“They’re in business in other jurisdictions and they understand what it takes to go to market,” he said. “A painful part of that is [citizens are] not waiting, we’re surrounded by jurisdictions that offer sports wagering and people will find a way.

“Each week we’re seeing millions of dollars of Maryland revenue go to other jurisdictions or the black market.”

SWARC has legislative support

The General Assembly has significant input on the SWARC, as the House and Senate each appointed two members. Hogan appointed the other three.

During the legislative process, legislators made it clear the SWARC needs to ensure minority- and female-owned businesses take part in the industry. The commission is tasked with including the minority- and female-owned businesses while keeping industry stalwarts happy.

“SWARC is an independent sports wagering licensing entity,” Senate President Bill Ferguson said in a tweet. “I wholeheartedly trust in the ability of the independent commissioners — including the Governor’s own appointed representatives — to consider all information and use their best judgment to issue licenses fairly.”

Mobile sports betting long way off

Martin said mobile sports betting might not launch until late 2022 and that estimate is partially based on the process playing out now with already-licensed Maryland casinos. Part of the SWARC’s delay is their desire to run another disparity study on the industry.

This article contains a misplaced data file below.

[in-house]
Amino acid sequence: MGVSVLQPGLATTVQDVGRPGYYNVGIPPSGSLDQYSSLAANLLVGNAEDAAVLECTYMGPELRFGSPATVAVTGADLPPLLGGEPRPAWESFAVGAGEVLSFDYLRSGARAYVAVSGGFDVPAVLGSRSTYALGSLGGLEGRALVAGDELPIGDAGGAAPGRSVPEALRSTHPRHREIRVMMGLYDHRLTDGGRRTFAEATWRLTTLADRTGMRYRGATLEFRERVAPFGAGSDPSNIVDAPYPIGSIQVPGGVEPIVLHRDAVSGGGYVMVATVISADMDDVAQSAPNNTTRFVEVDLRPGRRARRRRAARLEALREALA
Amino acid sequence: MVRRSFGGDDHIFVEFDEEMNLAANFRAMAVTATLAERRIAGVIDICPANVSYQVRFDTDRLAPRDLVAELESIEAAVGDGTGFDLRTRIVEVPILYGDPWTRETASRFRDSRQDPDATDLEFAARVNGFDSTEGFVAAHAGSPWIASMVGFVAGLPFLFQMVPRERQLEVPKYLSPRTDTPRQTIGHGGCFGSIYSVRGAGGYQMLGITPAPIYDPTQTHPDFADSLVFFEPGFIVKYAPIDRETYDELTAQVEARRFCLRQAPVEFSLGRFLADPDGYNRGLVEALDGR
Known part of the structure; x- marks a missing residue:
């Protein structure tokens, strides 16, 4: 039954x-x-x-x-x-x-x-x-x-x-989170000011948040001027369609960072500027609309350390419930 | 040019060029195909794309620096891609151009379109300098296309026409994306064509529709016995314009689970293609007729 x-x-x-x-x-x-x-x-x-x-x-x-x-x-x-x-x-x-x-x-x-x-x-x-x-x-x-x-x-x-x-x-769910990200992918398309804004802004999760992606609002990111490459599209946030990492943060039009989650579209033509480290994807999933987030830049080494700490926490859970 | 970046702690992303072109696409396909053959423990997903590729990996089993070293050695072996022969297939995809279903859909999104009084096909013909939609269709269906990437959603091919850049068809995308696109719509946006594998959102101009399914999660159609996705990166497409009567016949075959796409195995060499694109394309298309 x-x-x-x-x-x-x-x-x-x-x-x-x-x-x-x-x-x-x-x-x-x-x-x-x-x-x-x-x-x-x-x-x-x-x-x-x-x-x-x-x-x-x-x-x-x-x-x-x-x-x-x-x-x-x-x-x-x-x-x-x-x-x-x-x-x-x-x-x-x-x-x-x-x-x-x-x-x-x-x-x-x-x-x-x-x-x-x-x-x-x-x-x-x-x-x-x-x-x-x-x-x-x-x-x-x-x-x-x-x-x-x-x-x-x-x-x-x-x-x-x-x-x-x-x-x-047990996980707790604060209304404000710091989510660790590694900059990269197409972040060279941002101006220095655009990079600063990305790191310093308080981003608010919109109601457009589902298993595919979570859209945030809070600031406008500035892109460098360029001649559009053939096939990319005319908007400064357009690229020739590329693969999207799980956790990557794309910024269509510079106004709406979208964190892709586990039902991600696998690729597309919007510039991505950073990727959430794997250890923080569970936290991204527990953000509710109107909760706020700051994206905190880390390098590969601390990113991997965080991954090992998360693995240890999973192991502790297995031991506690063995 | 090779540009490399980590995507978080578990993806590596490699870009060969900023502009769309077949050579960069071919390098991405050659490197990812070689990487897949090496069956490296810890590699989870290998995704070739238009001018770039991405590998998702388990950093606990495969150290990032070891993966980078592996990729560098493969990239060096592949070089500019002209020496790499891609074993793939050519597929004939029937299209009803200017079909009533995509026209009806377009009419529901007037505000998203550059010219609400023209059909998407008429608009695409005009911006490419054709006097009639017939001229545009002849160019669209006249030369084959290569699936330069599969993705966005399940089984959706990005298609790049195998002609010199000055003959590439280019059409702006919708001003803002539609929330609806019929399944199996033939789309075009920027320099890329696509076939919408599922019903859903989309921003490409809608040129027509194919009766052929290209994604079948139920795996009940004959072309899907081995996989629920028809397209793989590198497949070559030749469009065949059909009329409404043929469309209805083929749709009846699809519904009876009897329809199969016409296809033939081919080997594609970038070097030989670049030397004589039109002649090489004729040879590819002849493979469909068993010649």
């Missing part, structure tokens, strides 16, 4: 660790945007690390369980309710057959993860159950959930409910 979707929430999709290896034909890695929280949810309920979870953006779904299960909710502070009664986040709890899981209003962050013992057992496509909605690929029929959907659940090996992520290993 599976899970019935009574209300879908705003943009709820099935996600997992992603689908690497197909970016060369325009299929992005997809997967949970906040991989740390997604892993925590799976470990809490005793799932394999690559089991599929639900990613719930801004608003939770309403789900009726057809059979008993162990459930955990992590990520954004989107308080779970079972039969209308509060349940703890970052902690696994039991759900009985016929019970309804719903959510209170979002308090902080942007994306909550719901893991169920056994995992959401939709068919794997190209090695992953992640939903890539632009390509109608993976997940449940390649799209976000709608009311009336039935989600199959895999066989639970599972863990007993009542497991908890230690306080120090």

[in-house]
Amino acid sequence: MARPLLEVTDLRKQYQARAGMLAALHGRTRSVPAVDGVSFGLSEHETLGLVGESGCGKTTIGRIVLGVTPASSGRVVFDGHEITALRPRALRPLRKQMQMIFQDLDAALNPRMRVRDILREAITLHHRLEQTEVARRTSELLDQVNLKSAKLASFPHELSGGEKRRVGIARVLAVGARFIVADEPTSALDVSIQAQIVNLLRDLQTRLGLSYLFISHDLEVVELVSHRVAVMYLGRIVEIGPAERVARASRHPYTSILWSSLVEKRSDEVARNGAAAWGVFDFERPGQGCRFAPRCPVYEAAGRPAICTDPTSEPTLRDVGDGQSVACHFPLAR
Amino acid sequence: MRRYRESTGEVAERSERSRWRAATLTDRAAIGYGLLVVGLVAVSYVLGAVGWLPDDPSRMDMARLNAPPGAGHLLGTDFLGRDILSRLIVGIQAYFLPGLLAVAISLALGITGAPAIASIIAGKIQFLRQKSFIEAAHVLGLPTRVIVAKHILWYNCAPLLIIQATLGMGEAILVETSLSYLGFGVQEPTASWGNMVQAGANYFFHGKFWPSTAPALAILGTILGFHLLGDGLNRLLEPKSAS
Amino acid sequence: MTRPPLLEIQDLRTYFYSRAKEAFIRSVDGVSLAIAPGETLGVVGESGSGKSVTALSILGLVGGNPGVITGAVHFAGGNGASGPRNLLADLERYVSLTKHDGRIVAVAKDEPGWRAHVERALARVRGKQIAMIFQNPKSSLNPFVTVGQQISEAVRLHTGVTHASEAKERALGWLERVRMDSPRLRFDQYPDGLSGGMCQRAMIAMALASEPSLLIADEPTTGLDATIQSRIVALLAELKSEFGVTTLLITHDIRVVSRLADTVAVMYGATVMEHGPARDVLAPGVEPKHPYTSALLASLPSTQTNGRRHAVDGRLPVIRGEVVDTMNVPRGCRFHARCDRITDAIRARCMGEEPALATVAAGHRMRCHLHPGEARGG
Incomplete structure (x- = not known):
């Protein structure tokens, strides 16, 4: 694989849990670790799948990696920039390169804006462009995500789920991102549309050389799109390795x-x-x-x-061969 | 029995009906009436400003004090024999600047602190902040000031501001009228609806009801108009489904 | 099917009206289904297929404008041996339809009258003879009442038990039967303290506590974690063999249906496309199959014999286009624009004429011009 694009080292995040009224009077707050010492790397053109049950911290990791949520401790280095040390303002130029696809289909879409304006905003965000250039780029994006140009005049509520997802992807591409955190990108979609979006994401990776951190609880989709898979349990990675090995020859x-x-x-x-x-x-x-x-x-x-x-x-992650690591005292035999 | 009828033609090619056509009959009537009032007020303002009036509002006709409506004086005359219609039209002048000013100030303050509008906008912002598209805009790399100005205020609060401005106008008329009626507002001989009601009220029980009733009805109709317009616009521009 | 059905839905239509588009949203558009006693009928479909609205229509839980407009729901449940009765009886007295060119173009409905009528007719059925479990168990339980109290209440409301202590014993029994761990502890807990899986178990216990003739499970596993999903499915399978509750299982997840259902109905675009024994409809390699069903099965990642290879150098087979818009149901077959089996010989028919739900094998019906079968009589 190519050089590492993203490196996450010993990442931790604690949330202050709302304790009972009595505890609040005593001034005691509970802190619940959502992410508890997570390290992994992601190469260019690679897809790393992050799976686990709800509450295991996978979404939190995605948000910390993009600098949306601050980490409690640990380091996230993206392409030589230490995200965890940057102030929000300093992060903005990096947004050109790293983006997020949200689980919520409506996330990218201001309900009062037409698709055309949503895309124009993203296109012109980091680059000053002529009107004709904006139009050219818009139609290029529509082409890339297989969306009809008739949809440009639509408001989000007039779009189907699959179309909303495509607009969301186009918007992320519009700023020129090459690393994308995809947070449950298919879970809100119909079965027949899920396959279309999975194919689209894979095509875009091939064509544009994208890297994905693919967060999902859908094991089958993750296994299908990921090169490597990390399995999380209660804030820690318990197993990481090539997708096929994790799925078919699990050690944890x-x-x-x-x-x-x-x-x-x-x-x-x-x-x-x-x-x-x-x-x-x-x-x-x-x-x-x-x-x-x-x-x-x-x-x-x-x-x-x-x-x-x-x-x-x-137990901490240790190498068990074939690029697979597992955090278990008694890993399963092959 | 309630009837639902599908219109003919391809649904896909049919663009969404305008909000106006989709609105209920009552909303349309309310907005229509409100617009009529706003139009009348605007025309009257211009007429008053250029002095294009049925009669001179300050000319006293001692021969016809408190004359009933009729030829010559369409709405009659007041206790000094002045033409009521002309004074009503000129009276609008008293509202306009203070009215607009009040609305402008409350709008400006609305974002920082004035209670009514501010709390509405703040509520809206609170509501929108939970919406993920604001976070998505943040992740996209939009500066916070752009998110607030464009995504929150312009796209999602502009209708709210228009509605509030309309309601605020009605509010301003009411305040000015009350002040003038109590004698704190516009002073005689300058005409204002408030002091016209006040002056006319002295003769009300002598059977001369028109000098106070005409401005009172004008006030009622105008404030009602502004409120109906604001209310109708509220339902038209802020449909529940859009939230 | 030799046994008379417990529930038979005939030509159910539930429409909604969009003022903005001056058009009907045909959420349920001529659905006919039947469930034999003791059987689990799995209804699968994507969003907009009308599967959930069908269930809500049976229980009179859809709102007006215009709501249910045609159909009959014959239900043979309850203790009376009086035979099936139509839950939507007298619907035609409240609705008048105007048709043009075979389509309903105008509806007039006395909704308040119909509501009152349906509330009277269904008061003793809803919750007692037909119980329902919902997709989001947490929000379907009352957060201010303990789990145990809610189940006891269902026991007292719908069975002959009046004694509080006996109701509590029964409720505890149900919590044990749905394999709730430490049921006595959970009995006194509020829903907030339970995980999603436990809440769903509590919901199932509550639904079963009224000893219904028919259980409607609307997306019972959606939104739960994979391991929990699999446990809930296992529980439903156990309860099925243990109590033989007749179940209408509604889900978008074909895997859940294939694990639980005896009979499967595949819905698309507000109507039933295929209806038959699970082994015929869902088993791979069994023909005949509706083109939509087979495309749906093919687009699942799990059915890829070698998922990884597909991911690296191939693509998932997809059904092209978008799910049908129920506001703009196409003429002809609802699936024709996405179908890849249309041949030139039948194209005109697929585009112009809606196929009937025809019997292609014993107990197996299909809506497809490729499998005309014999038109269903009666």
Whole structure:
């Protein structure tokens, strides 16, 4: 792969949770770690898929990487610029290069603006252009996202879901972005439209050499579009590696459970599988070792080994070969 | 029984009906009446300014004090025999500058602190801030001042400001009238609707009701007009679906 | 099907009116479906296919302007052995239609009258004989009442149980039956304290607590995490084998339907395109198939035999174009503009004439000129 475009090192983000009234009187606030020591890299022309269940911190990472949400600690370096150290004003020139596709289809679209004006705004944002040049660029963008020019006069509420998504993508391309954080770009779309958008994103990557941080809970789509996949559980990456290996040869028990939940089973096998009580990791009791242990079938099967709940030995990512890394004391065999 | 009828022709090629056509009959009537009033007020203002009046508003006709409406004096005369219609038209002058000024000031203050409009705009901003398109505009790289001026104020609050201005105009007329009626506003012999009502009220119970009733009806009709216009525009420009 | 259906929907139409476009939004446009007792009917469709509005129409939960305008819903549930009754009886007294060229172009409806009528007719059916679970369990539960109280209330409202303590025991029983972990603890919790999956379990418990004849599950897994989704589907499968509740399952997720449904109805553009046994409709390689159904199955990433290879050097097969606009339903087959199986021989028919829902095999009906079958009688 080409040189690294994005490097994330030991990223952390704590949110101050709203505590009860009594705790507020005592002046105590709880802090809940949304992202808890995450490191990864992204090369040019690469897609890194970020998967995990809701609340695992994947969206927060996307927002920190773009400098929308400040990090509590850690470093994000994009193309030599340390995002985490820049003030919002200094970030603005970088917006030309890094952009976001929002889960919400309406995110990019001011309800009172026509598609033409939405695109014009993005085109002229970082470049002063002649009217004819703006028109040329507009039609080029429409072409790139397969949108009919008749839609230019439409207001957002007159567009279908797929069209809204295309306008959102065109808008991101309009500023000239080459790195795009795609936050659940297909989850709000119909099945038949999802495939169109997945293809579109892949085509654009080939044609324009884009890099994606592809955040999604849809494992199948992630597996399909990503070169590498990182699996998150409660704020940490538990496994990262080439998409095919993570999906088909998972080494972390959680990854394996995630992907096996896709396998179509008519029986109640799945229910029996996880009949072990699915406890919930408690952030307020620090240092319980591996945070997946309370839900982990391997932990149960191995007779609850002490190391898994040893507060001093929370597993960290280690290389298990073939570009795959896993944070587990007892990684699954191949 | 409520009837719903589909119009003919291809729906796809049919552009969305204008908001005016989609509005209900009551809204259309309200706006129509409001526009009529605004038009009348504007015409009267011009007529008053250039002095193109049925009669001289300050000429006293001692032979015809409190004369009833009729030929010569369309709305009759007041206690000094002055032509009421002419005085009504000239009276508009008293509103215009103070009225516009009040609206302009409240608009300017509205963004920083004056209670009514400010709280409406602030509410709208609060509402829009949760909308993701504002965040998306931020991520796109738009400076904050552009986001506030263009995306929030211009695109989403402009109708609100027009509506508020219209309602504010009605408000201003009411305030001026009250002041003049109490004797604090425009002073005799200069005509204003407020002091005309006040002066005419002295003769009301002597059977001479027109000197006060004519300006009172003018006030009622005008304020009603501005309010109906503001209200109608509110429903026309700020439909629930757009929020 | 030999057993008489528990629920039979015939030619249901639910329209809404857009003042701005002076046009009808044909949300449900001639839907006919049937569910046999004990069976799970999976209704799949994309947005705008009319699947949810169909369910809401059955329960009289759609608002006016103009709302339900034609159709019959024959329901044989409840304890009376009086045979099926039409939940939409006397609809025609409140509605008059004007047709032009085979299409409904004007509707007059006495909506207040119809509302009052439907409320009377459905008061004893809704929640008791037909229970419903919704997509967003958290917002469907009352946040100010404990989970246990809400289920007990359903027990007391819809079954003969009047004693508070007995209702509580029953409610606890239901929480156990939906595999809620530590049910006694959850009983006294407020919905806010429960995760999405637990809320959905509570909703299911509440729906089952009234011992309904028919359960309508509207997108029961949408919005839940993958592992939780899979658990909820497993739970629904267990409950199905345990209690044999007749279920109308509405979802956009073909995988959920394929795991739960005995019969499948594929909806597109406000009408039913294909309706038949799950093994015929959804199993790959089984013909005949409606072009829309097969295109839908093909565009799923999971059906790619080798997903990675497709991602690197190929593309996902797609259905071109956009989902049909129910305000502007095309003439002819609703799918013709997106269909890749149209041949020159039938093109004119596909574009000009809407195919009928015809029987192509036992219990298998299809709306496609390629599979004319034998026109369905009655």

Martin said that study has yet to start. While the study will help the SWARC determine the standards and regulations of how to award the competitive 30 retail sportsbooks and up to 60 mobile operators, it will greatly delay the regulatory process. The Maryland legislature must approve those standards, including a public comment period.

Then the SWARC will open an application process and it will evaluate applicants once the window closes. Once the SWARC finds suitable applicants, it passes them on to the MLGCA for qualification, before heading back to the SWARC again for official licensing. Once through those hoops, the MLGCA can finish technical approvals.

“That process will take longer because we’ll have less familiar clientele,” Martin said. “For this thing to run smoother, that relay race, the baton back-and-forth, we’ve got to work on those exchanges or we could be doing this for another year.”

Making MD sports betting run smoother

Several other states passed sports betting legislation around the same time as Maryland. Since then, Arizona sports betting and Wyoming sports betting are live with online operators.

Louisiana sports betting hit a snag with Hurricane Ida this summer, but retail sportsbooks are opening with online sports betting expected in early 2022.

So what is the hangup in Maryland?

“It’s tough to comment,” Martin said. “A lot of people have looked at the law as it is written and there might be some different interpretations of it; two separate but equal interpretations.

“The net of it is, we have to work tighter, we have to force that process. We do two things, they do two things and if they’re not in sync, they don’t work as smoothly.”